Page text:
Today throughout the nation and many other places in our world there are individuals, groups and churches who long and pray for revival. Yet, one of the themes which runs through the Bible in relation to renewal and revival seems [to me] to be almost completely ignored – meeting the needs of the poor.
The words of God, through the Old Testament Prophet Isaiah, are self explanatory –
“Let the oppressed go free, and remove the chains that bind people. Share your food with the hungry, and give shelter to the homeless. Give clothes to those who need them, and do not hide from relatives who need your help. “Then your salvation will come like the dawn, and your wounds will quickly heal. Your godliness will lead you forward, and the glory of the Lord will protect you from behind. Then when you call, the Lord will answer. ‘Yes, I am here,’ he will quickly reply. Feed the hungry, and help those in trouble. Then your light will shine out from the darkness, and the darkness around you will be as bright as noon. The Lord will guide you continually, giving you water when you are dry and restoring your strength. You will be like a well-watered garden, like an ever-flowing spring.”
The promise is – “Then your salvation will come like the dawn, and your wounds will quickly heal.” But when is “then” – the then so many pray and long for? According to God, through the prophet, it is when the people of God address the issues of oppression, poverty, homelessness and injustice – when we feed and clothe the poor, lift up the broken and bring freedom to the oppressed. This is true justice with which salvation, restoration and healing (revival if you like) is inextricably linked. Yet such an idea sits very uncomfortably with many evangelical Christians who rest on the “faith alone” principal – and some of whom despise any call for social justice in our world.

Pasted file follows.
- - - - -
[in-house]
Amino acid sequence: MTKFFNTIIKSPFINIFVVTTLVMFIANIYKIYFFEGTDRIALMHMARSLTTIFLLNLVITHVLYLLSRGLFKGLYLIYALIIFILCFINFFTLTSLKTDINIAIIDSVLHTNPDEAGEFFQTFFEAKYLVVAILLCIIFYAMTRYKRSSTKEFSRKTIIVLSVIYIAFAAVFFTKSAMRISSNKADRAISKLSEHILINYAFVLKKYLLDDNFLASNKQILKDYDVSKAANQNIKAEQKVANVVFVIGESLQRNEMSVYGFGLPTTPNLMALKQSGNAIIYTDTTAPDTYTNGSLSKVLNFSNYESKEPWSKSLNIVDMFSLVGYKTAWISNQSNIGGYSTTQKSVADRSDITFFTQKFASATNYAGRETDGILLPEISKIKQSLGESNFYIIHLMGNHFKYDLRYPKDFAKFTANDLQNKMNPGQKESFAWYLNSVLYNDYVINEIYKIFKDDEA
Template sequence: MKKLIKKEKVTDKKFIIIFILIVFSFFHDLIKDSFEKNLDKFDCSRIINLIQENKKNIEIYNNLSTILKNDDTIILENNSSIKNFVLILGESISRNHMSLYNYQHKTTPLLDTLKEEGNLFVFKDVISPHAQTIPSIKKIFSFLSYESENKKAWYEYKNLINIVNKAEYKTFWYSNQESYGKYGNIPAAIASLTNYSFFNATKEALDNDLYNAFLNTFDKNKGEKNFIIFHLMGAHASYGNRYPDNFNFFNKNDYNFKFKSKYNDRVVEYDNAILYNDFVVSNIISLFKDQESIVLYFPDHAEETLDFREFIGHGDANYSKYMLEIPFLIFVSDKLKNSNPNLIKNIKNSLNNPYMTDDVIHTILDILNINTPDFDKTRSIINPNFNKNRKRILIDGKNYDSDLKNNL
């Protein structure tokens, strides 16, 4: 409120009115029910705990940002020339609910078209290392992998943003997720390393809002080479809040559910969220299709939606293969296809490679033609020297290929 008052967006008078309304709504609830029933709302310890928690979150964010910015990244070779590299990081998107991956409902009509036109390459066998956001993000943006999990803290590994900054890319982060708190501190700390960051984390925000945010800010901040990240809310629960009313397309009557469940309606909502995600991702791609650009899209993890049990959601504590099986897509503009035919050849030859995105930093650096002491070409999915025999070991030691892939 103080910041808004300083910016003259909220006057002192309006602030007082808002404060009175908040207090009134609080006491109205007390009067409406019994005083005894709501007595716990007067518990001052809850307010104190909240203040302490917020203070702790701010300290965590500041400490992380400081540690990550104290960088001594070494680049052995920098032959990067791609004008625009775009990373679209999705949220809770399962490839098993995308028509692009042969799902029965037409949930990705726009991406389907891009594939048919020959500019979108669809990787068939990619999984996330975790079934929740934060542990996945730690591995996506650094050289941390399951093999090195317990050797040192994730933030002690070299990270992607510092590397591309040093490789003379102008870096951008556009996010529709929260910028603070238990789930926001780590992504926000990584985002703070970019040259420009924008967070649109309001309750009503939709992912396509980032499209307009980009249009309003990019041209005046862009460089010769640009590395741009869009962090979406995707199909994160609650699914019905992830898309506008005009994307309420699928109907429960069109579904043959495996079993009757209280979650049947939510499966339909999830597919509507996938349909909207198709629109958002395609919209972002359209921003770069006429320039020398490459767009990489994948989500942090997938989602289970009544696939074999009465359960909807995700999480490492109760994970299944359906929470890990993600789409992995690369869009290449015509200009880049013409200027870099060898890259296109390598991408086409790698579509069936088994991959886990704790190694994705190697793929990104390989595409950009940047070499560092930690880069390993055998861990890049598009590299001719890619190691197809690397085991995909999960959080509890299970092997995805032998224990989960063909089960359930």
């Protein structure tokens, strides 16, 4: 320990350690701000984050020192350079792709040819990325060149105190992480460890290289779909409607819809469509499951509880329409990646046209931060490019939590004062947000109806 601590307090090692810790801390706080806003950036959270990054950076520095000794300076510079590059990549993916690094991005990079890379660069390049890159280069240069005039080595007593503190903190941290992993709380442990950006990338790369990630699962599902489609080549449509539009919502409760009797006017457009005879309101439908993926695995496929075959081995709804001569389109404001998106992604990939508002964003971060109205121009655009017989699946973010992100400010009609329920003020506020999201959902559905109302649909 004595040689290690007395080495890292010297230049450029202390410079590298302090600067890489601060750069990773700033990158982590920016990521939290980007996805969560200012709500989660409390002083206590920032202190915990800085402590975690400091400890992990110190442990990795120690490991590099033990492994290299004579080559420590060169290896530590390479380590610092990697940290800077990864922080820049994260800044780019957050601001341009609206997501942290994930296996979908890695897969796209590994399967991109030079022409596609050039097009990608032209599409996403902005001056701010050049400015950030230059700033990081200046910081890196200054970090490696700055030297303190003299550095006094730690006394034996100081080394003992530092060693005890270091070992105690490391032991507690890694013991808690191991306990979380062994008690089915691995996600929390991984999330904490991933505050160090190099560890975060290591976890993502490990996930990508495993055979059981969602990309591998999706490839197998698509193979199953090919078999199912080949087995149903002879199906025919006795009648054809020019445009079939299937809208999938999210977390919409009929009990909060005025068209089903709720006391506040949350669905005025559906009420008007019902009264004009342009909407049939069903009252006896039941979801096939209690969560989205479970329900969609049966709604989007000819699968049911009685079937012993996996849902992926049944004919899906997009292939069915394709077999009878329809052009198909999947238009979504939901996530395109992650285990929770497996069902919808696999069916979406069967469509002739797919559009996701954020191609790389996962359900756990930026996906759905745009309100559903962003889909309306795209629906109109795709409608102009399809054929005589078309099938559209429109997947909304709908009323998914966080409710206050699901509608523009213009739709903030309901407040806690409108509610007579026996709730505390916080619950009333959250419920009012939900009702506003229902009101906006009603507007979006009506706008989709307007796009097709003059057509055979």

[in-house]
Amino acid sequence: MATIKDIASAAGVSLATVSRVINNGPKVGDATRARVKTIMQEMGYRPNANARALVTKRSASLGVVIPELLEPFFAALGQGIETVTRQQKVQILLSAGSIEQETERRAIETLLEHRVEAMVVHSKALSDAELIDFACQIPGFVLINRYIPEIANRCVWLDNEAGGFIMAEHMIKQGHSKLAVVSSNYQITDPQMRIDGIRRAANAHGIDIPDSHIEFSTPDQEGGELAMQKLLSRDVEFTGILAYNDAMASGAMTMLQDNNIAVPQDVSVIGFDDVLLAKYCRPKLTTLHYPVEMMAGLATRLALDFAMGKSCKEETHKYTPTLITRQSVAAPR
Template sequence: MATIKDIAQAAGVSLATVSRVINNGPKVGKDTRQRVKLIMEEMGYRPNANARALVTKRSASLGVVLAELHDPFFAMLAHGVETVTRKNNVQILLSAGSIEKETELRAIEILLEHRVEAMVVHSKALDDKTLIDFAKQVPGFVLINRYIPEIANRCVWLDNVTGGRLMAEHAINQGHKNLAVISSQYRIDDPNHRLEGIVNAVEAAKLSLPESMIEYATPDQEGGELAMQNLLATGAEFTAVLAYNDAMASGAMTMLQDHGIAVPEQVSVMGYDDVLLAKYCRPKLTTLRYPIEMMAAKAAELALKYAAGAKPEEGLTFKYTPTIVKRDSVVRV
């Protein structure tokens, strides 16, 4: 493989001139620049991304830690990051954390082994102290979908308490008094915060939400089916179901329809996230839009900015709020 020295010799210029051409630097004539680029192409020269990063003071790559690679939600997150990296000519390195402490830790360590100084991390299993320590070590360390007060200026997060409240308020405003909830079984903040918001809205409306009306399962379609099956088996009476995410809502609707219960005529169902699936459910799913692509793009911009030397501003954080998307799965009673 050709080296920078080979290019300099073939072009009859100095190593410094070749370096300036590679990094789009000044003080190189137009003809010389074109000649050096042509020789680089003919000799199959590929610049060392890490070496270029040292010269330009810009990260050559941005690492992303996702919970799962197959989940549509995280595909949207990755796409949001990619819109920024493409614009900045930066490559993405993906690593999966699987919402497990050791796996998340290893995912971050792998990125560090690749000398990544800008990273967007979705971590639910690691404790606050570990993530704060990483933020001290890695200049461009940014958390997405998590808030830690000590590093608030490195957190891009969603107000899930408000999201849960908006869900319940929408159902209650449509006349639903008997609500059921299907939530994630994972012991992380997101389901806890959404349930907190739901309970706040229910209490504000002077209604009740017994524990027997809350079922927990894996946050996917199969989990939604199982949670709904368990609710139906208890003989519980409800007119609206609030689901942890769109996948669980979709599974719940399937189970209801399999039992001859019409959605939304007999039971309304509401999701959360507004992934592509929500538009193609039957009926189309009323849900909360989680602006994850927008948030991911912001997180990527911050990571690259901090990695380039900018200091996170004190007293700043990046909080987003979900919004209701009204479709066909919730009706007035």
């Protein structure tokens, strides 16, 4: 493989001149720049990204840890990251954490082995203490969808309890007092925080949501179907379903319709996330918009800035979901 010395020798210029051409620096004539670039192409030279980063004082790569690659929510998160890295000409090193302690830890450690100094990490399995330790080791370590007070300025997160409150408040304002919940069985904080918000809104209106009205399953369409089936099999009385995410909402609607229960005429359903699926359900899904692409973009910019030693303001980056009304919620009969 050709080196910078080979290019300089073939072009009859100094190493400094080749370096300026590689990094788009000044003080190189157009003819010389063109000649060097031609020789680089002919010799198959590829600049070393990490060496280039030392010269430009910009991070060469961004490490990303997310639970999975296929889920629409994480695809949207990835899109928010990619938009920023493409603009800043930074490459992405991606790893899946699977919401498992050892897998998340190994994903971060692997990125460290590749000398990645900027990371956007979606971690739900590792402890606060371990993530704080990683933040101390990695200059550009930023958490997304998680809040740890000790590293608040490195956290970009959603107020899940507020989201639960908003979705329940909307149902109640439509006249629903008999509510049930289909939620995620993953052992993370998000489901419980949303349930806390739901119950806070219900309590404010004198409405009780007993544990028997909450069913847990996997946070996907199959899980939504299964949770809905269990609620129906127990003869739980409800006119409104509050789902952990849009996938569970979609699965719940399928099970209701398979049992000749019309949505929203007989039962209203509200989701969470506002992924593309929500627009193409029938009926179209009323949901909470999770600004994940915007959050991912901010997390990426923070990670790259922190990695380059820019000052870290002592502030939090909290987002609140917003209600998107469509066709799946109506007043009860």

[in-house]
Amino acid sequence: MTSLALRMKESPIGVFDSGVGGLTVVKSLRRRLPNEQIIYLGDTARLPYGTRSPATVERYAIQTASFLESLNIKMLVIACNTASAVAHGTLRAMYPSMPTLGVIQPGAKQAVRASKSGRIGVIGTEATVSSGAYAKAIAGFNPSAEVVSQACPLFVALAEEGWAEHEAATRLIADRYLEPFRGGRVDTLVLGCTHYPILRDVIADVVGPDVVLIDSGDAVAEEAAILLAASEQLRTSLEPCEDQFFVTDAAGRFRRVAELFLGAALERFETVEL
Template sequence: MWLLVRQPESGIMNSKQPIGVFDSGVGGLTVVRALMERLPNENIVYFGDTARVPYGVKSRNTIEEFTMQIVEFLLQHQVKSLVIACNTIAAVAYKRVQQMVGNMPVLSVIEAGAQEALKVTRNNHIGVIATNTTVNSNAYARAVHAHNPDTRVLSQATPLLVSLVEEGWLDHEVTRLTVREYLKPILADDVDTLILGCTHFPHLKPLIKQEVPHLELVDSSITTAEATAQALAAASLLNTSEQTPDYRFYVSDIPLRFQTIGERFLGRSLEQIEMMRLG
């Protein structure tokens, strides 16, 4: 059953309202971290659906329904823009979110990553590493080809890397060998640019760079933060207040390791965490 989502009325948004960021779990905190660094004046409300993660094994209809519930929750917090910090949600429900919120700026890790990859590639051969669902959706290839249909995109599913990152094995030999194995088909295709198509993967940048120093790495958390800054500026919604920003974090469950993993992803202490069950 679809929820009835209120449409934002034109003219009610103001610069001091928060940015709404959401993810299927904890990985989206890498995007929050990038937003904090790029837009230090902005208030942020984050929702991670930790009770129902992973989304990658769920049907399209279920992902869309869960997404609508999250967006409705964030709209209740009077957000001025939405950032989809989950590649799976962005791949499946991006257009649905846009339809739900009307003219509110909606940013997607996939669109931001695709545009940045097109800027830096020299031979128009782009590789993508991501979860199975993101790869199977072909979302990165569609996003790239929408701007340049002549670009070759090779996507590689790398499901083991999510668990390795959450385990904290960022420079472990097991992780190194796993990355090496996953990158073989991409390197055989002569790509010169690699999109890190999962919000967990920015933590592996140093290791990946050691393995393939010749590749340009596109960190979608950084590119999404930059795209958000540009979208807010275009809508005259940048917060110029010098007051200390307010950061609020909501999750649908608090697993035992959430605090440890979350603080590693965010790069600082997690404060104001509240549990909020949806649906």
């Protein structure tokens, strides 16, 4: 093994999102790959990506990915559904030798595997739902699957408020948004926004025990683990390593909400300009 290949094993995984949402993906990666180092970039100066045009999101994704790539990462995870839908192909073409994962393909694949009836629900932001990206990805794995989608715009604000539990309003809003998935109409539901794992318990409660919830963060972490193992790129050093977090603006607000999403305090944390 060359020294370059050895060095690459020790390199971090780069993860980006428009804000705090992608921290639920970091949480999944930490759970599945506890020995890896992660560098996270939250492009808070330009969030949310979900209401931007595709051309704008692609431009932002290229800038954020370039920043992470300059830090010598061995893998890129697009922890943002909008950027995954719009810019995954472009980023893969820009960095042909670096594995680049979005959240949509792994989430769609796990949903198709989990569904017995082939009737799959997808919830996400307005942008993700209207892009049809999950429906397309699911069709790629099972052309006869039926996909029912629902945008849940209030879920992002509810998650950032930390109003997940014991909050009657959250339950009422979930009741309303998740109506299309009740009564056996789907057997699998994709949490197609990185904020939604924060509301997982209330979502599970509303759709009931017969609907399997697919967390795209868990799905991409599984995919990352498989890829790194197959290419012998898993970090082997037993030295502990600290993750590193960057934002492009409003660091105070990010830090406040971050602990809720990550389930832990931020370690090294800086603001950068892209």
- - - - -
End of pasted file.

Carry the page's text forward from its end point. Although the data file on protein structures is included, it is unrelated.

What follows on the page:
I believe the question we must ask is this – has God changed his mind on this principle? Are not the words of Jesus as relevant today as when they were spoken? –
“I tell you the truth, when you did it to one of the least of these my brothers and sisters, you were doing it to me!’
Is it possible that as we provide food, clothing and material as well as spiritual aid for the poor that we are in fact meeting the need of Jesus? Is it not possible that as we turn from our selfishness, materialism, and self centeredness, the “wicked ways” of 2 Chronicles 7, that our “salvation will come like the dawn, and your wounds will quickly heal.” ?